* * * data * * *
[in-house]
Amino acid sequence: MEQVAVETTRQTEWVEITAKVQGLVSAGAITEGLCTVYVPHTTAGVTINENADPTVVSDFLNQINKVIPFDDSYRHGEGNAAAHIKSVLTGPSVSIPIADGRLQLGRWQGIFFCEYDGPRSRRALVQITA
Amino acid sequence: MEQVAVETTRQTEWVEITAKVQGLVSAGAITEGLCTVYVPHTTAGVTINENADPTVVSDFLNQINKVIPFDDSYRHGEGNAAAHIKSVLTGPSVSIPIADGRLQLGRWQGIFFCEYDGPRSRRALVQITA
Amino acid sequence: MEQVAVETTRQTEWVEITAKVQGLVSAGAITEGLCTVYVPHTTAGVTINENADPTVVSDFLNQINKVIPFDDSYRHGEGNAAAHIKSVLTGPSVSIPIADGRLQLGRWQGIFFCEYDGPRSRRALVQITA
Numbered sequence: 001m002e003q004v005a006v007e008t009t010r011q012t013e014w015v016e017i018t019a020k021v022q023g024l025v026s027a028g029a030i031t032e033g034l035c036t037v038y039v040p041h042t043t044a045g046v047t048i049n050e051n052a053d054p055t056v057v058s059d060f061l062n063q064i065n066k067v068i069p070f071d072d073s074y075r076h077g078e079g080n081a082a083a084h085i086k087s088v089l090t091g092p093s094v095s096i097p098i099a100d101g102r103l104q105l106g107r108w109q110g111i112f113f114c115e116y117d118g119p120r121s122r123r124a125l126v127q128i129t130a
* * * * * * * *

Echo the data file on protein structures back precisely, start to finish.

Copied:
[in-house]
Amino acid sequence: MEQVAVETTRQTEWVEITAKVQGLVSAGAITEGLCTVYVPHTTAGVTINENADPTVVSDFLNQINKVIPFDDSYRHGEGNAAAHIKSVLTGPSVSIPIADGRLQLGRWQGIFFCEYDGPRSRRALVQITA
Amino acid sequence: MEQVAVETTRQTEWVEITAKVQGLVSAGAITEGLCTVYVPHTTAGVTINENADPTVVSDFLNQINKVIPFDDSYRHGEGNAAAHIKSVLTGPSVSIPIADGRLQLGRWQGIFFCEYDGPRSRRALVQITA
Amino acid sequence: MEQVAVETTRQTEWVEITAKVQGLVSAGAITEGLCTVYVPHTTAGVTINENADPTVVSDFLNQINKVIPFDDSYRHGEGNAAAHIKSVLTGPSVSIPIADGRLQLGRWQGIFFCEYDGPRSRRALVQITA
Numbered sequence: 001m002e003q004v005a006v007e008t009t010r011q012t013e014w015v016e017i018t019a020k021v022q023g024l025v026s027a028g029a030i031t032e033g034l035c036t037v038y039v040p041h042t043t044a045g046v047t048i049n050e051n052a053d054p055t056v057v058s059d060f061l062n063q064i065n066k067v068i069p070f071d072d073s074y075r076h077g078e079g080n081a082a083a084h085i086k087s088v089l090t091g092p093s094v095s096i097p098i099a100d101g102r103l104q105l106g107r108w109q110g111i112f113f114c115e116y117d118g119p120r121s122r123r124a125l126v127q128i129t130a